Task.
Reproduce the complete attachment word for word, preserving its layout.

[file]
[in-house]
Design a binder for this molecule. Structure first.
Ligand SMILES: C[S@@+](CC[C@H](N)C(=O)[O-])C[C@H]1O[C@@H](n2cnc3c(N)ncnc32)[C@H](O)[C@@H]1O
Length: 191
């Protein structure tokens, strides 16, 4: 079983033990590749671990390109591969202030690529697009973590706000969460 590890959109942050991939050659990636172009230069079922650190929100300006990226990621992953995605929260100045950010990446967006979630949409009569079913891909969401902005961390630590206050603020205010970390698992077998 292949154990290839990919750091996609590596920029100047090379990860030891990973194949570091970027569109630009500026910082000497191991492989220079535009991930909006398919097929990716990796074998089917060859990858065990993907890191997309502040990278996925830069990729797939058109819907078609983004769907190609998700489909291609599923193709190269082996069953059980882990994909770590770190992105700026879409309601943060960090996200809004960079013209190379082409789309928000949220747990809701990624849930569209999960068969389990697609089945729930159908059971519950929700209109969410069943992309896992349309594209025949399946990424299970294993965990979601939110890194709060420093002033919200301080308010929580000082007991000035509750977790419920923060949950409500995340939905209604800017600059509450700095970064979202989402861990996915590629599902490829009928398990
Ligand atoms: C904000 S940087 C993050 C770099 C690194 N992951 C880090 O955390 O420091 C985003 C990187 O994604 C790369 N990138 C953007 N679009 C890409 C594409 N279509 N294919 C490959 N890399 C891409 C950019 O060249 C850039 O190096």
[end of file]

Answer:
[in-house]
Design a binder for this molecule. Structure first.
Ligand SMILES: C[S@@+](CC[C@H](N)C(=O)[O-])C[C@H]1O[C@@H](n2cnc3c(N)ncnc32)[C@H](O)[C@@H]1O
Length: 191
């Protein structure tokens, strides 16, 4: 079983033990590749671990390109591969202030690529697009973590706000969460 590890959109942050991939050659990636172009230069079922650190929100300006990226990621992953995605929260100045950010990446967006979630949409009569079913891909969401902005961390630590206050603020205010970390698992077998 292949154990290839990919750091996609590596920029100047090379990860030891990973194949570091970027569109630009500026910082000497191991492989220079535009991930909006398919097929990716990796074998089917060859990858065990993907890191997309502040990278996925830069990729797939058109819907078609983004769907190609998700489909291609599923193709190269082996069953059980882990994909770590770190992105700026879409309601943060960090996200809004960079013209190379082409789309928000949220747990809701990624849930569209999960068969389990697609089945729930159908059971519950929700209109969410069943992309896992349309594209025949399946990424299970294993965990979601939110890194709060420093002033919200301080308010929580000082007991000035509750977790419920923060949950409500995340939905209604800017600059509450700095970064979202989402861990996915590629599902490829009928398990
Ligand atoms: C904000 S940087 C993050 C770099 C690194 N992951 C880090 O955390 O420091 C985003 C990187 O994604 C790369 N990138 C953007 N679009 C890409 C594409 N279509 N294919 C490959 N890399 C891409 C950019 O060249 C850039 O190096």